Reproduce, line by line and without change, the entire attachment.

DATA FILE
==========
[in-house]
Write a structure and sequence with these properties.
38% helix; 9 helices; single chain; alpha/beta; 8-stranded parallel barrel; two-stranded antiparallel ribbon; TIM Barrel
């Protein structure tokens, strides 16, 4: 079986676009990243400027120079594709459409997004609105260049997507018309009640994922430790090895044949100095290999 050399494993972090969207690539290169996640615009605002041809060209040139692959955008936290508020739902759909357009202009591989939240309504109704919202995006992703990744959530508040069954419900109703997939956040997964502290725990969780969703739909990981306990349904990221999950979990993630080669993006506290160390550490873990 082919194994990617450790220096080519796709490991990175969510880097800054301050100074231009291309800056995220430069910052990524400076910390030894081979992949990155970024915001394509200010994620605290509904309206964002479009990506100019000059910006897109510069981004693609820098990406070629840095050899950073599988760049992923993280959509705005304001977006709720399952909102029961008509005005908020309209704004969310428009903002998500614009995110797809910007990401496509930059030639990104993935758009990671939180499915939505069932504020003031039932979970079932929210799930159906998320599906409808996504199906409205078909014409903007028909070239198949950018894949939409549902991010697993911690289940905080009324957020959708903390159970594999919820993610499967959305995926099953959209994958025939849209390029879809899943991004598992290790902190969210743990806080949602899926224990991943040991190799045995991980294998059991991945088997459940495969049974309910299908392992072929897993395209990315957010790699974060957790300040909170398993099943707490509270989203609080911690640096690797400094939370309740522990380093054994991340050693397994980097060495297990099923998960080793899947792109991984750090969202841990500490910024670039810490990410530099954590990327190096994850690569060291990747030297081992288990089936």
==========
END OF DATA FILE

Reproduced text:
[in-house]
Write a structure and sequence with these properties.
38% helix; 9 helices; single chain; alpha/beta; 8-stranded parallel barrel; two-stranded antiparallel ribbon; TIM Barrel
């Protein structure tokens, strides 16, 4: 079986676009990243400027120079594709459409997004609105260049997507018309009640994922430790090895044949100095290999 050399494993972090969207690539290169996640615009605002041809060209040139692959955008936290508020739902759909357009202009591989939240309504109704919202995006992703990744959530508040069954419900109703997939956040997964502290725990969780969703739909990981306990349904990221999950979990993630080669993006506290160390550490873990 082919194994990617450790220096080519796709490991990175969510880097800054301050100074231009291309800056995220430069910052990524400076910390030894081979992949990155970024915001394509200010994620605290509904309206964002479009990506100019000059910006897109510069981004693609820098990406070629840095050899950073599988760049992923993280959509705005304001977006709720399952909102029961008509005005908020309209704004969310428009903002998500614009995110797809910007990401496509930059030639990104993935758009990671939180499915939505069932504020003031039932979970079932929210799930159906998320599906409808996504199906409205078909014409903007028909070239198949950018894949939409549902991010697993911690289940905080009324957020959708903390159970594999919820993610499967959305995926099953959209994958025939849209390029879809899943991004598992290790902190969210743990806080949602899926224990991943040991190799045995991980294998059991991945088997459940495969049974309910299908392992072929897993395209990315957010790699974060957790300040909170398993099943707490509270989203609080911690640096690797400094939370309740522990380093054994991340050693397994980097060495297990099923998960080793899947792109991984750090969202841990500490910024670039810490990410530099954590990327190096994850690569060291990747030297081992288990089936």